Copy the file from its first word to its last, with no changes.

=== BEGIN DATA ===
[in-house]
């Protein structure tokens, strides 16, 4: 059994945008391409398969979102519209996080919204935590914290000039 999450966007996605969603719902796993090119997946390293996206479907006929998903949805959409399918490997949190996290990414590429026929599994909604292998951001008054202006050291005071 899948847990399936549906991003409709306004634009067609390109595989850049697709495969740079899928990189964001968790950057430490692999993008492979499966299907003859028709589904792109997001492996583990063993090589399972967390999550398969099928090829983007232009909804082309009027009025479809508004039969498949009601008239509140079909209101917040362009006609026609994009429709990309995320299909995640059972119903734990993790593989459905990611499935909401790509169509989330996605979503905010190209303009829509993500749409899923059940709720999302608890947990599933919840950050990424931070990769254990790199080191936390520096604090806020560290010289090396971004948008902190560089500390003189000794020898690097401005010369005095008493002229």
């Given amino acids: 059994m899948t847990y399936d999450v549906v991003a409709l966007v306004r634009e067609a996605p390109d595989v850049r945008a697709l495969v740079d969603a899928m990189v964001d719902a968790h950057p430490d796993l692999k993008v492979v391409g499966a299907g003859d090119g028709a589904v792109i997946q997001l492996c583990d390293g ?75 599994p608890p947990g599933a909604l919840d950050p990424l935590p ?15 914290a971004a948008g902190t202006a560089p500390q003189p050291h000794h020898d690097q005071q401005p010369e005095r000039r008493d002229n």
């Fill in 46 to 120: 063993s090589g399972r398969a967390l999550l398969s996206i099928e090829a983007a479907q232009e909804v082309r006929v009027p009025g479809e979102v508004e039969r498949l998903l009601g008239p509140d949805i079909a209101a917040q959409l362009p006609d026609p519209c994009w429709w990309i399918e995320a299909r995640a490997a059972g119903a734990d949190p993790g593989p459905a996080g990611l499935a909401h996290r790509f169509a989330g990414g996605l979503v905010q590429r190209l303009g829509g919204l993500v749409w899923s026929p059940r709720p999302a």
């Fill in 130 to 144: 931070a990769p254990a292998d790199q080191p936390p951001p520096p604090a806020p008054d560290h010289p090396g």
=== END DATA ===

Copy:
[in-house]
């Protein structure tokens, strides 16, 4: 059994945008391409398969979102519209996080919204935590914290000039 999450966007996605969603719902796993090119997946390293996206479907006929998903949805959409399918490997949190996290990414590429026929599994909604292998951001008054202006050291005071 899948847990399936549906991003409709306004634009067609390109595989850049697709495969740079899928990189964001968790950057430490692999993008492979499966299907003859028709589904792109997001492996583990063993090589399972967390999550398969099928090829983007232009909804082309009027009025479809508004039969498949009601008239509140079909209101917040362009006609026609994009429709990309995320299909995640059972119903734990993790593989459905990611499935909401790509169509989330996605979503905010190209303009829509993500749409899923059940709720999302608890947990599933919840950050990424931070990769254990790199080191936390520096604090806020560290010289090396971004948008902190560089500390003189000794020898690097401005010369005095008493002229």
């Given amino acids: 059994m899948t847990y399936d999450v549906v991003a409709l966007v306004r634009e067609a996605p390109d595989v850049r945008a697709l495969v740079d969603a899928m990189v964001d719902a968790h950057p430490d796993l692999k993008v492979v391409g499966a299907g003859d090119g028709a589904v792109i997946q997001l492996c583990d390293g ?75 599994p608890p947990g599933a909604l919840d950050p990424l935590p ?15 914290a971004a948008g902190t202006a560089p500390q003189p050291h000794h020898d690097q005071q401005p010369e005095r000039r008493d002229n």
């Fill in 46 to 120: 063993s090589g399972r398969a967390l999550l398969s996206i099928e090829a983007a479907q232009e909804v082309r006929v009027p009025g479809e979102v508004e039969r498949l998903l009601g008239p509140d949805i079909a209101a917040q959409l362009p006609d026609p519209c994009w429709w990309i399918e995320a299909r995640a490997a059972g119903a734990d949190p993790g593989p459905a996080g990611l499935a909401h996290r790509f169509a989330g990414g996605l979503v905010q590429r190209l303009g829509g919204l993500v749409w899923s026929p059940r709720p999302a």
């Fill in 130 to 144: 931070a990769p254990a292998d790199q080191p936390p951001p520096p604090a806020p008054d560290h010289p090396g």